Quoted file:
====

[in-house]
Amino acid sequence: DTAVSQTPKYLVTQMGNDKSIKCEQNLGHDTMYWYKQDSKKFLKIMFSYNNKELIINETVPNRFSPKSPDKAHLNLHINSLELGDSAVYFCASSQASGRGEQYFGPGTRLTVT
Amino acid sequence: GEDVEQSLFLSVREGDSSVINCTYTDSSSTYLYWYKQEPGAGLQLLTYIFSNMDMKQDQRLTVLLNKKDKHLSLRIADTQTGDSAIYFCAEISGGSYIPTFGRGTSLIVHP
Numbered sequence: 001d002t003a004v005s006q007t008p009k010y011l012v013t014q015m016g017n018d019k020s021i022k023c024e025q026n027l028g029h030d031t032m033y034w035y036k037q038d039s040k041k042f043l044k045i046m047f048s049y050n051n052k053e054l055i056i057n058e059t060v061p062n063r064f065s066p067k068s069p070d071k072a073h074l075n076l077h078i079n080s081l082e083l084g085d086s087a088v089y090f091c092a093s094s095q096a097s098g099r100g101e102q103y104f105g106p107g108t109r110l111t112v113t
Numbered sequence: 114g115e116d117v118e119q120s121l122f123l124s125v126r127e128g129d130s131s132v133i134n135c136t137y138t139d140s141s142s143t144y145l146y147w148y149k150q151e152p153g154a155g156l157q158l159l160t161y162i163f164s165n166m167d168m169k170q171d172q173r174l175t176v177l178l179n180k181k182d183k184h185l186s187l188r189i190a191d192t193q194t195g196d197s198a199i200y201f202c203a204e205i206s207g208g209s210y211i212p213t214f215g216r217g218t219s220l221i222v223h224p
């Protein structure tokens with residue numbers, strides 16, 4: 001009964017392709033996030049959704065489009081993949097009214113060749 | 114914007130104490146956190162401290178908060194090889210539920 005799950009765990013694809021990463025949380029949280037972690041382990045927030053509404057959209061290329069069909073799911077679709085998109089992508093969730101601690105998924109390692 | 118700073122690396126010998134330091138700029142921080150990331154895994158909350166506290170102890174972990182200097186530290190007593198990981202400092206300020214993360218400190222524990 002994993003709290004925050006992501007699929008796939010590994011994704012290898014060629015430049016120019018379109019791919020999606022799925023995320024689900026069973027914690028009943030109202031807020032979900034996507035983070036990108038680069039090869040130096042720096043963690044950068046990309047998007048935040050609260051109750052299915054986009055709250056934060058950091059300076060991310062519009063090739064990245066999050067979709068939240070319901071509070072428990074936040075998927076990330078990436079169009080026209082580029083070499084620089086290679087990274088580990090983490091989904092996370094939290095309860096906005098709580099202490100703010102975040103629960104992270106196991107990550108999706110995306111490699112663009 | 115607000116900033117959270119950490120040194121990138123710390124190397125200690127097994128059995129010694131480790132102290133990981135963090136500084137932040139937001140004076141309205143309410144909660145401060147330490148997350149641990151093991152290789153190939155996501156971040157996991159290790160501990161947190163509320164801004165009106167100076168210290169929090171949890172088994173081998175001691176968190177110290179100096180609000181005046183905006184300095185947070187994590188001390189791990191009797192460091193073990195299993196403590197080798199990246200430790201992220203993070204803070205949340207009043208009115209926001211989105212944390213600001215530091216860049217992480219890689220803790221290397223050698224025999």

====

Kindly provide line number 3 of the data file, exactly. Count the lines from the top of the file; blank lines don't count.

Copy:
Amino acid sequence: GEDVEQSLFLSVREGDSSVINCTYTDSSSTYLYWYKQEPGAGLQLLTYIFSNMDMKQDQRLTVLLNKKDKHLSLRIADTQTGDSAIYFCAEISGGSYIPTFGRGTSLIVHP